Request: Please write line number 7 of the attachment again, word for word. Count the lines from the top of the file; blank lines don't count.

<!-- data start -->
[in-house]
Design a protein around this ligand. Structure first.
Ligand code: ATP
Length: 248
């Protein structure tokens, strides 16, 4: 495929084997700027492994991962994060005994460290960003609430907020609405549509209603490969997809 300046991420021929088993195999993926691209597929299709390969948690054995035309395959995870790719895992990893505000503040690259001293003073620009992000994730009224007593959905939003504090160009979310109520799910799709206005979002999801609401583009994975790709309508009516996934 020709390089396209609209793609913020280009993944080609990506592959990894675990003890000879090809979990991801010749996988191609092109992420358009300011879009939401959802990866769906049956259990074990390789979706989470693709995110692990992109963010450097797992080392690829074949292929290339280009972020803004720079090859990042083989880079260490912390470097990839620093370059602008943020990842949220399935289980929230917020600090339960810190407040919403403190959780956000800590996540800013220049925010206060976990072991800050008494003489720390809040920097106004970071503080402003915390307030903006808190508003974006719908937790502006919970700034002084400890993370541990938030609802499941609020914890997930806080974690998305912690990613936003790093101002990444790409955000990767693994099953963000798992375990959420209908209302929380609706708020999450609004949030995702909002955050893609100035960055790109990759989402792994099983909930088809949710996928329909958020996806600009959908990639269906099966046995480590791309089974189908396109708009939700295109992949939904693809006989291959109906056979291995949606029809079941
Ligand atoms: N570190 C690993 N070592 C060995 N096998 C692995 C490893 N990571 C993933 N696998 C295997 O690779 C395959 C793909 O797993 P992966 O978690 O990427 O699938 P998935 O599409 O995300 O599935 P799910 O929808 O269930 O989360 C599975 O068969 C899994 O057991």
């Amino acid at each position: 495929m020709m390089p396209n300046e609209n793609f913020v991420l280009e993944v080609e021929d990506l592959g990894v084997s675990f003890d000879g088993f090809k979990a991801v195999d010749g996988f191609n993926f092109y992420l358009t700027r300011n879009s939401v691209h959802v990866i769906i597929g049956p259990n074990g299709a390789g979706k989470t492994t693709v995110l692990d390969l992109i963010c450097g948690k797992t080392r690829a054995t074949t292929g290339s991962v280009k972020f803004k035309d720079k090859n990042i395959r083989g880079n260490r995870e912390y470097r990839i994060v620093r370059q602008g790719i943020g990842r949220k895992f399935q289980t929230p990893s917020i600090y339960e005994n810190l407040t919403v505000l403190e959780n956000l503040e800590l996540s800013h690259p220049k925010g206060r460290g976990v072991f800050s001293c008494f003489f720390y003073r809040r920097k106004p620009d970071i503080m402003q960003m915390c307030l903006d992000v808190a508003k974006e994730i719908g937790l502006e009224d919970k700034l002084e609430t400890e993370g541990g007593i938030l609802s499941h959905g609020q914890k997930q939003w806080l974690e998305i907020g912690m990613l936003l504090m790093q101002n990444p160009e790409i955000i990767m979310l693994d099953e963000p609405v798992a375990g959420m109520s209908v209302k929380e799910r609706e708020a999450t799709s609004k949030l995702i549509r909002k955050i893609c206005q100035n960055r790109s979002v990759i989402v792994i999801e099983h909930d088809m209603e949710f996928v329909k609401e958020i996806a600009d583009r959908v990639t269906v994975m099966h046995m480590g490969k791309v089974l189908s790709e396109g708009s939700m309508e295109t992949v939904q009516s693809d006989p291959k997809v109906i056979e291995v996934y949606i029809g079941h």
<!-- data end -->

């Amino acid at each position: 495929m020709m390089p396209n300046e609209n793609f913020v991420l280009e993944v080609e021929d990506l592959g990894v084997s675990f003890d000879g088993f090809k979990a991801v195999d010749g996988f191609n993926f092109y992420l358009t700027r300011n879009s939401v691209h959802v990866i769906i597929g049956p259990n074990g299709a390789g979706k989470t492994t693709v995110l692990d390969l992109i963010c450097g948690k797992t080392r690829a054995t074949t292929g290339s991962v280009k972020f803004k035309d720079k090859n990042i395959r083989g880079n260490r995870e912390y470097r990839i994060v620093r370059q602008g790719i943020g990842r949220k895992f399935q289980t929230p990893s917020i600090y339960e005994n810190l407040t919403v505000l403190e959780n956000l503040e800590l996540s800013h690259p220049k925010g206060r460290g976990v072991f800050s001293c008494f003489f720390y003073r809040r920097k106004p620009d970071i503080m402003q960003m915390c307030l903006d992000v808190a508003k974006e994730i719908g937790l502006e009224d919970k700034l002084e609430t400890e993370g541990g007593i938030l609802s499941h959905g609020q914890k997930q939003w806080l974690e998305i907020g912690m990613l936003l504090m790093q101002n990444p160009e790409i955000i990767m979310l693994d099953e963000p609405v798992a375990g959420m109520s209908v209302k929380e799910r609706e708020a999450t799709s609004k949030l995702i549509r909002k955050i893609c206005q100035n960055r790109s979002v990759i989402v792994i999801e099983h909930d088809m209603e949710f996928v329909k609401e958020i996806a600009d583009r959908v990639t269906v994975m099966h046995m480590g490969k791309v089974l189908s790709e396109g708009s939700m309508e295109t992949v939904q009516s693809d006989p291959k997809v109906i056979e291995v996934y949606i029809g079941h």